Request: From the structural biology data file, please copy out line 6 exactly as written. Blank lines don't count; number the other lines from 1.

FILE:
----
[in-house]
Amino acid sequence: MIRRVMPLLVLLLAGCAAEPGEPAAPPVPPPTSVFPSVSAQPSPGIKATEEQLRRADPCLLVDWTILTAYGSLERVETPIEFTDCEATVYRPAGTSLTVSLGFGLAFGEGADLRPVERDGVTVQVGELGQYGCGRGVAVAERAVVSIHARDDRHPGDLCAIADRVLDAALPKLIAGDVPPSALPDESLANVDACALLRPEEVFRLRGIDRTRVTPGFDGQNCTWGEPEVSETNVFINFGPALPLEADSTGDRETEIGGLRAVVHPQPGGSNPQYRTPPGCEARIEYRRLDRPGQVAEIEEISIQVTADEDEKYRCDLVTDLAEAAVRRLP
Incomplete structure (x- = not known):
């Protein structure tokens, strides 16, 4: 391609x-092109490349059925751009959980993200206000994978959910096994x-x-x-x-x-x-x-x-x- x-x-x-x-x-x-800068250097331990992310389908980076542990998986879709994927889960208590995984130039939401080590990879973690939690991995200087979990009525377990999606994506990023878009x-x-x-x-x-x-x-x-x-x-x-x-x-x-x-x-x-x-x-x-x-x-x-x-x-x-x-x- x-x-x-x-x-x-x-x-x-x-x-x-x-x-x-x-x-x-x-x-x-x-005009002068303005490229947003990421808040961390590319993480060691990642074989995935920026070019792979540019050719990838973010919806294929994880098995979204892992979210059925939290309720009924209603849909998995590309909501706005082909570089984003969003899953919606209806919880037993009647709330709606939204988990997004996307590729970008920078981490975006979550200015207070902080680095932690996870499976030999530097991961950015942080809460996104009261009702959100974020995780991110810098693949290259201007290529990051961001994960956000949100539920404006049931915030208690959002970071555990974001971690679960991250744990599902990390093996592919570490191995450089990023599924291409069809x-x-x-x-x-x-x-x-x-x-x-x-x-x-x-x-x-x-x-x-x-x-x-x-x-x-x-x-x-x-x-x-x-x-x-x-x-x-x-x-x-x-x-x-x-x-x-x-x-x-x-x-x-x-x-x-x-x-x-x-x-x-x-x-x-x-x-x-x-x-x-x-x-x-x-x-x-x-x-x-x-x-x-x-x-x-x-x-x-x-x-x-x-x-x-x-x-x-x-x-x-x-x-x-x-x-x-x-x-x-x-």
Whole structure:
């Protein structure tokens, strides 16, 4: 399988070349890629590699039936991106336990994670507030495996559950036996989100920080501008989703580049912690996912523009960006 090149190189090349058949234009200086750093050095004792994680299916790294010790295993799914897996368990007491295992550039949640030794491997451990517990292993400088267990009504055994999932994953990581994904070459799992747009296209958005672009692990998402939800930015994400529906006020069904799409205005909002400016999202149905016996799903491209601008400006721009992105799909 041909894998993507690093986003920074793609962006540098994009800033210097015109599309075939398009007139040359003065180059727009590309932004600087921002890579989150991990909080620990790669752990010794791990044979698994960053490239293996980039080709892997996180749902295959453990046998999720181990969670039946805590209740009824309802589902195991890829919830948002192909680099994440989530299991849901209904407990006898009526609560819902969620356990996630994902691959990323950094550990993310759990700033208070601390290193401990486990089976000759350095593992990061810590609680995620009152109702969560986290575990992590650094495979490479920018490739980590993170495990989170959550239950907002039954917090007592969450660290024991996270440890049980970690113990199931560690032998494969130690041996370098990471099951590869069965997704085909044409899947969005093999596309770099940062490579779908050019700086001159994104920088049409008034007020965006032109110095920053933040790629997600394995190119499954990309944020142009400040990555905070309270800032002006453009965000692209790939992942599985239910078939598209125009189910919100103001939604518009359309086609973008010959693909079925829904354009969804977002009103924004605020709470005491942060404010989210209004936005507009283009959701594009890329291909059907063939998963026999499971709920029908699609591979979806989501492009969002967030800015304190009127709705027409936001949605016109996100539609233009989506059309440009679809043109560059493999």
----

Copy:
């Protein structure tokens, strides 16, 4: 399988070349890629590699039936991106336990994670507030495996559950036996989100920080501008989703580049912690996912523009960006 090149190189090349058949234009200086750093050095004792994680299916790294010790295993799914897996368990007491295992550039949640030794491997451990517990292993400088267990009504055994999932994953990581994904070459799992747009296209958005672009692990998402939800930015994400529906006020069904799409205005909002400016999202149905016996799903491209601008400006721009992105799909 041909894998993507690093986003920074793609962006540098994009800033210097015109599309075939398009007139040359003065180059727009590309932004600087921002890579989150991990909080620990790669752990010794791990044979698994960053490239293996980039080709892997996180749902295959453990046998999720181990969670039946805590209740009824309802589902195991890829919830948002192909680099994440989530299991849901209904407990006898009526609560819902969620356990996630994902691959990323950094550990993310759990700033208070601390290193401990486990089976000759350095593992990061810590609680995620009152109702969560986290575990992590650094495979490479920018490739980590993170495990989170959550239950907002039954917090007592969450660290024991996270440890049980970690113990199931560690032998494969130690041996370098990471099951590869069965997704085909044409899947969005093999596309770099940062490579779908050019700086001159994104920088049409008034007020965006032109110095920053933040790629997600394995190119499954990309944020142009400040990555905070309270800032002006453009965000692209790939992942599985239910078939598209125009189910919100103001939604518009359309086609973008010959693909079925829904354009969804977002009103924004605020709470005491942060404010989210209004936005507009283009959701594009890329291909059907063939998963026999499971709920029908699609591979979806989501492009969002967030800015304190009127709705027409936001949605016109996100539609233009989506059309440009679809043109560059493999």